A while ago, comrade in the statistical revolution Chase Stuart at his site Football Perspective put together a list of how old each team was on offense and defense. Now, obviously you can't just take roster size and apply it, but need to try to assess how valuable, relatively, different players are. For that, Chase used P-F-R's AV metric. I have my quibbles with that, but it's good enough for purposes, and he got an interest Titans-related result: the Titans were the fourth-oldest team on offense and the fourth-youngest on defense. How might that change this year?
Obviously, without any turnover, you'd expect a team to just be a year older. No turnover is not a reasonable expectation, but the Titans didn't do much to get younger on offense. They cut an older player in Daniel Graham, but his role on the team was slight. Guard Jake Scott, who wasn't young, departed via free agency, but they replaced him with an even older player in Steve Hutchinson. Re-signing Craig Stevens and Lavelle Hawkins made them older. The big offensive additions (sort of) are Kendall Wright and Kenny Britt (whose value should be greater this year). Unfortunately, the players whose production they're more likely to take up were already young players-Nate Washington will still be pretty valuable, and Damian Williams and Kendall Wright were both pretty young.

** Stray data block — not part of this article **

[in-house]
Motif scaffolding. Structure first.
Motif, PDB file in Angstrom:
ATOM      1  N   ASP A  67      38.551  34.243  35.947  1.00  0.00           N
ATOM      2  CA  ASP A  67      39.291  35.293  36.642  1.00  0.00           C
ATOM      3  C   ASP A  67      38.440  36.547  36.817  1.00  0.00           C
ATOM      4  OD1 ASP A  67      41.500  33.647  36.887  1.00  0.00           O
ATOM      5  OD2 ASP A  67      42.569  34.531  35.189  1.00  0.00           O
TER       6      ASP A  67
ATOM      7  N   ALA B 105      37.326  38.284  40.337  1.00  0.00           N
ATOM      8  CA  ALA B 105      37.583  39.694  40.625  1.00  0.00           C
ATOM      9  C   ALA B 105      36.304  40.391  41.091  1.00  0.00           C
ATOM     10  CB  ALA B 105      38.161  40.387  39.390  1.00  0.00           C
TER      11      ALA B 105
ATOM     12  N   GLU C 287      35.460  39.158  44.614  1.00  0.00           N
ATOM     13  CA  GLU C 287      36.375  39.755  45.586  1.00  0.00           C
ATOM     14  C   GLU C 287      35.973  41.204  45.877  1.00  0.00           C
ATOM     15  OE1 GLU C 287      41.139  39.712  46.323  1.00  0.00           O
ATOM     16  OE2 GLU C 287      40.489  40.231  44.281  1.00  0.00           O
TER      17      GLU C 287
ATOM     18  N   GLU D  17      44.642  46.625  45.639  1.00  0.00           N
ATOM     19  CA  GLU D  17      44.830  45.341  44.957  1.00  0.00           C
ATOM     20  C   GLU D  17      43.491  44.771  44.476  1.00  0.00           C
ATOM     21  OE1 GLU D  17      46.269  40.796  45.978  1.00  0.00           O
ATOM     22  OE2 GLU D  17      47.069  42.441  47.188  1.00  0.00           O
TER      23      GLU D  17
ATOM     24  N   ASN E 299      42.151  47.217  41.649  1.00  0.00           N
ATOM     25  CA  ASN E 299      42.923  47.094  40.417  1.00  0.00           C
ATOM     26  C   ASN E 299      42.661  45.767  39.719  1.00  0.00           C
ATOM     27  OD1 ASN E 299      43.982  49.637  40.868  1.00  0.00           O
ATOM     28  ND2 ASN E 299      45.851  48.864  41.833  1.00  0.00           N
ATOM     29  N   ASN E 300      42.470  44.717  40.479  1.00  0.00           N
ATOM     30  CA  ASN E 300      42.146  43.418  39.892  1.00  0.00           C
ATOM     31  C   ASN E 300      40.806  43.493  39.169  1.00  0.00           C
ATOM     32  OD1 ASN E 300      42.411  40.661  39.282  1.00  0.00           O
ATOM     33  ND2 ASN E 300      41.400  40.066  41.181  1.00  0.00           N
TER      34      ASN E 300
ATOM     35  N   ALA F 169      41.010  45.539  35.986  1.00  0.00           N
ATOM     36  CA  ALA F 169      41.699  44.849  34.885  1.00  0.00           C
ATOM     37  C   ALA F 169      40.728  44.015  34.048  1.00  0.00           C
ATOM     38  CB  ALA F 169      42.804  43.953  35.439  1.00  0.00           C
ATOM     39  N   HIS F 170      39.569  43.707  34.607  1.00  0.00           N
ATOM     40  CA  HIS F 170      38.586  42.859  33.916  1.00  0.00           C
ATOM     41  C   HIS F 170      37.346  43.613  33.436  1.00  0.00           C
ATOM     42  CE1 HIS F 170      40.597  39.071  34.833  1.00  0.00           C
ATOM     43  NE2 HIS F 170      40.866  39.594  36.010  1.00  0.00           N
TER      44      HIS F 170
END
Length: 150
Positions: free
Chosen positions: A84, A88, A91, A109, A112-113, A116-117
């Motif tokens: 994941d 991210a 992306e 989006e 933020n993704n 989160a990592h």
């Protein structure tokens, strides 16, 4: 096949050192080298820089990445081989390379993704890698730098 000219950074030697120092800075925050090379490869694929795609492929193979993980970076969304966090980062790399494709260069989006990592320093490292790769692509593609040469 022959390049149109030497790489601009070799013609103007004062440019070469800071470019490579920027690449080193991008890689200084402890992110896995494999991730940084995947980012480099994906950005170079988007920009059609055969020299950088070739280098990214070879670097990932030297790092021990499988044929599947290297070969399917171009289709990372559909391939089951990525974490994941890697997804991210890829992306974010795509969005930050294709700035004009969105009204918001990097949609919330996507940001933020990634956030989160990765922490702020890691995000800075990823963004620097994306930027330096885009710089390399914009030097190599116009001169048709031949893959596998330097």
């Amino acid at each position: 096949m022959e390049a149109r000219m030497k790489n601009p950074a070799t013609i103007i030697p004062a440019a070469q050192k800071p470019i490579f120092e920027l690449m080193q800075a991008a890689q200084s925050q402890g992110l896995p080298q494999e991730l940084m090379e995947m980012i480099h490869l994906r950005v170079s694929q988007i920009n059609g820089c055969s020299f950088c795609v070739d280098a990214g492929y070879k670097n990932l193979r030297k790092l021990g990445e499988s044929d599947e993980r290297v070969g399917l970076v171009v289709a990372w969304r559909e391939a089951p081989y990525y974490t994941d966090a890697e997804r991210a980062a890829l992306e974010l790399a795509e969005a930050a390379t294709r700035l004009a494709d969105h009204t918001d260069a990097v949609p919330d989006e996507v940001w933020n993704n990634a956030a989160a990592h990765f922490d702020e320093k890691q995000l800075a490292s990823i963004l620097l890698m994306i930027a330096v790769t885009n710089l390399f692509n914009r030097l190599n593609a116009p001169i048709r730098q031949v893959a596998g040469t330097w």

The single biggest driver of AV-weighted offensive age for the Titans is unsurpisingly the quarterback position, and the uncertain starter status means I'm not sure how to allocate the AV points for 2012. Even if you allocate all of them to Jake Locker, though, the Titans still project to be a team that's older than average on offense. A lot of that age comes from the offensive line, and I keep going back to the Titans' inability to develop younger offensive linemen. They project to be a little bit younger than they were before the Eugene Amano injury, but while Fernando Velasco isn't very experienced, he's not young-already 27, pretty much league-average. If there's a position to be old at, offensive line is probably the least worst one, but seeing them develop a young offensive lineman would be a nice change.